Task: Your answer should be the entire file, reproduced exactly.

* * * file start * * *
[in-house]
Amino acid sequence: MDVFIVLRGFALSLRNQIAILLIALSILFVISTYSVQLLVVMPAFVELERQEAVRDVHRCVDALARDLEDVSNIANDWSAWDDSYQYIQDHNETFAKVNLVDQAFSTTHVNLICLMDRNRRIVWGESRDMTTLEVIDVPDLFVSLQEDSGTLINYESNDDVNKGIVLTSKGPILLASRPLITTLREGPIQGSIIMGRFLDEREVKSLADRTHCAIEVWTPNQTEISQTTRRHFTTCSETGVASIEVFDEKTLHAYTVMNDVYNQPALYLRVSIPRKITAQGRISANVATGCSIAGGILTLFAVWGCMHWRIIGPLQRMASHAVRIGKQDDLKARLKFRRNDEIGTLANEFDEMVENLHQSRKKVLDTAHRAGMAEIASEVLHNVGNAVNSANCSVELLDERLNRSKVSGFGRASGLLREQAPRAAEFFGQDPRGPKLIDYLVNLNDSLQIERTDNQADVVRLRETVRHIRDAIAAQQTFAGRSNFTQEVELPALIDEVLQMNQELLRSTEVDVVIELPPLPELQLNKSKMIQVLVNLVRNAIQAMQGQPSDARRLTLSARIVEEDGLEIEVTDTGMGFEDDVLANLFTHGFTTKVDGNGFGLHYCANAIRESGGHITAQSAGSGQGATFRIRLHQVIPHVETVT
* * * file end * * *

[in-house]
Amino acid sequence: MDVFIVLRGFALSLRNQIAILLIALSILFVISTYSVQLLVVMPAFVELERQEAVRDVHRCVDALARDLEDVSNIANDWSAWDDSYQYIQDHNETFAKVNLVDQAFSTTHVNLICLMDRNRRIVWGESRDMTTLEVIDVPDLFVSLQEDSGTLINYESNDDVNKGIVLTSKGPILLASRPLITTLREGPIQGSIIMGRFLDEREVKSLADRTHCAIEVWTPNQTEISQTTRRHFTTCSETGVASIEVFDEKTLHAYTVMNDVYNQPALYLRVSIPRKITAQGRISANVATGCSIAGGILTLFAVWGCMHWRIIGPLQRMASHAVRIGKQDDLKARLKFRRNDEIGTLANEFDEMVENLHQSRKKVLDTAHRAGMAEIASEVLHNVGNAVNSANCSVELLDERLNRSKVSGFGRASGLLREQAPRAAEFFGQDPRGPKLIDYLVNLNDSLQIERTDNQADVVRLRETVRHIRDAIAAQQTFAGRSNFTQEVELPALIDEVLQMNQELLRSTEVDVVIELPPLPELQLNKSKMIQVLVNLVRNAIQAMQGQPSDARRLTLSARIVEEDGLEIEVTDTGMGFEDDVLANLFTHGFTTKVDGNGFGLHYCANAIRESGGHITAQSAGSGQGATFRIRLHQVIPHVETVT